Romain de Tirtoff (1892 – 1990) was a Russian-born French artist and designer known by the pseudonym Erté, from the French pronunciation of his initials. He was a 20th-century artist and designer in an array of fields, including fashion, jewellery, graphic arts, costume and set design for film, theatre, and opera, and interior decor.
In 1907, he lived one year in Paris. He said about this time “I did not discover Beardsley until when I had already been in Paris for a year”.
Demoiselle à la balancelle is one of Erté’s first sculptures, if not the first; it was made in 1907, at the age of 15 years, during a stay in Paris. This work is less precise than his other sculptures, but still Art Nouveau. Erté considered this so minor and uninteresting that it does not appear in his official biography, but the cartouche on the back indicates ‘ERTE PARIS 1907’, in a triangle.
In 1910–12, Romain moved to Paris to pursue a career as a designer. In Paris he lived with Prince Nicolas Ouroussoff up until the prince’s death in 1933. The decision to move to Paris was made despite strong objections from his father, who wanted Romain to continue the family tradition and become a naval officer. Romain assumed his pseudonym to avoid disgracing the family. He worked for Paul Poiret from 1913 to 1914. In 1915, he secured his first substantial contract with Harper’s Bazaar magazine, and thus launched an illustrious career that included designing costumes and stage sets. During this time, Erte designed costumes for the Mata Hari.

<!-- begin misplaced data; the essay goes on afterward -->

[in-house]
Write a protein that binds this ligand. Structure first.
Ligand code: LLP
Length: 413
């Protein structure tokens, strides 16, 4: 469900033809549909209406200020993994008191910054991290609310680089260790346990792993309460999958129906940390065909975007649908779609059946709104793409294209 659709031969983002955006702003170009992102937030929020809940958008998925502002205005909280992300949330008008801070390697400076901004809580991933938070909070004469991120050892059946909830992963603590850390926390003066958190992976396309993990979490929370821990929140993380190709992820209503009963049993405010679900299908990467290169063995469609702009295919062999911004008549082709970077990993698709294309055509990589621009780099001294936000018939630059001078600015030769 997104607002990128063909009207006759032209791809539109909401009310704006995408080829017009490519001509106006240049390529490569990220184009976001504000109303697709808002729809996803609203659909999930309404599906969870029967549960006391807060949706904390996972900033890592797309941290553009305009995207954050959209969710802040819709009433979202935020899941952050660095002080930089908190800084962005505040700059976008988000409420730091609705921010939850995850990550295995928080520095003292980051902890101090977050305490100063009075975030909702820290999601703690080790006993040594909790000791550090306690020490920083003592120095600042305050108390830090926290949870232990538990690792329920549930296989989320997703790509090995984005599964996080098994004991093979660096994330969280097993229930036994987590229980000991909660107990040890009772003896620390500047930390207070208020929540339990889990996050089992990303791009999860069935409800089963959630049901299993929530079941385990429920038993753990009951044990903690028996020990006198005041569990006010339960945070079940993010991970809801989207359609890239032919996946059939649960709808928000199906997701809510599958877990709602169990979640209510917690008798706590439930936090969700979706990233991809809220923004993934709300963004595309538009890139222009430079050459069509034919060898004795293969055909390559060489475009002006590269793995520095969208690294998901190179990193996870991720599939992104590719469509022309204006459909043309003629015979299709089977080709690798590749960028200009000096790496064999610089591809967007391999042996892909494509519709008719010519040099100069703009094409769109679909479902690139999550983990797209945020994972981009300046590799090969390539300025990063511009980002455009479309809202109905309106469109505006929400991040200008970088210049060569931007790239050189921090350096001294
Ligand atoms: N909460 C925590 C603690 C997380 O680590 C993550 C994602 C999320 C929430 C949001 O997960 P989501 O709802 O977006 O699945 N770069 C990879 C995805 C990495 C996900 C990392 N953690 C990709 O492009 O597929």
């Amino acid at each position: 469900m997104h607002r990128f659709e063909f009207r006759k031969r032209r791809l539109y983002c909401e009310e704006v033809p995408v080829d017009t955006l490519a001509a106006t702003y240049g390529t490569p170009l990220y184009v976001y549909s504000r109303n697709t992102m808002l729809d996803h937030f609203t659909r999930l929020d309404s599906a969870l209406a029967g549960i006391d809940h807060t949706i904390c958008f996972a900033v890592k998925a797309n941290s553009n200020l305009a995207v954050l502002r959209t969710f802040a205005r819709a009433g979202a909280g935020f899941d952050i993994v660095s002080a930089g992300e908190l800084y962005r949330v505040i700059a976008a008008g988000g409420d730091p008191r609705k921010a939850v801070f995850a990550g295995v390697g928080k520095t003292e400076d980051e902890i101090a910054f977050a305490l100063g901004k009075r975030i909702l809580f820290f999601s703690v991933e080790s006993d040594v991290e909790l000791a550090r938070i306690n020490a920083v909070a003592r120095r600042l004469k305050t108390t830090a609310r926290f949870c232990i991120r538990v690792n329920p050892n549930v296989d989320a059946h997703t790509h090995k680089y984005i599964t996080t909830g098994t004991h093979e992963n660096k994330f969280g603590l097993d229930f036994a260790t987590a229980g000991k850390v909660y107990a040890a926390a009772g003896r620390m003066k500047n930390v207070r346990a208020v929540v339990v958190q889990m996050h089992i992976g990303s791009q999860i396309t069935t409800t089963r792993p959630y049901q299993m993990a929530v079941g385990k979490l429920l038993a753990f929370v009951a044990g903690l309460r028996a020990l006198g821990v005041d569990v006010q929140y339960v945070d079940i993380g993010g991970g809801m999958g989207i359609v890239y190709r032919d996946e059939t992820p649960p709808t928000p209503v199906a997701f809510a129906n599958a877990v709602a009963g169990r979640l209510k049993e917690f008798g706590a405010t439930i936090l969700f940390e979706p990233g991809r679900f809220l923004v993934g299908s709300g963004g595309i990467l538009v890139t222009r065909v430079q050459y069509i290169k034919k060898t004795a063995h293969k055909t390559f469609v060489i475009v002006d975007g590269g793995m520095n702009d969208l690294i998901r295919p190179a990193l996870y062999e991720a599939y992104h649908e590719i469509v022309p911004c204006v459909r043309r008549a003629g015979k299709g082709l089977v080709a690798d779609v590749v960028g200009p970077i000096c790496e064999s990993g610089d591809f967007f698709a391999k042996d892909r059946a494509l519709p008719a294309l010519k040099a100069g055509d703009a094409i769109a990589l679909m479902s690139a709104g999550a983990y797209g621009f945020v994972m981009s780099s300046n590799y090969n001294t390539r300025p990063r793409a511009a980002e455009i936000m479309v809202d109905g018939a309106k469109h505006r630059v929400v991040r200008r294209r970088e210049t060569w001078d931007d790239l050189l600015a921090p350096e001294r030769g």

Between 1915 and 1937, Erté designed over 200 covers for Harper’s Bazaar, and his illustrations would also appear in such publications as Illustrated London News, Cosmopolitan, Ladies’ Home Journal, and Vogue.
Some of his artworks show subtile hints towards bondage or bdsm, which makes him a very good artist to add to this site.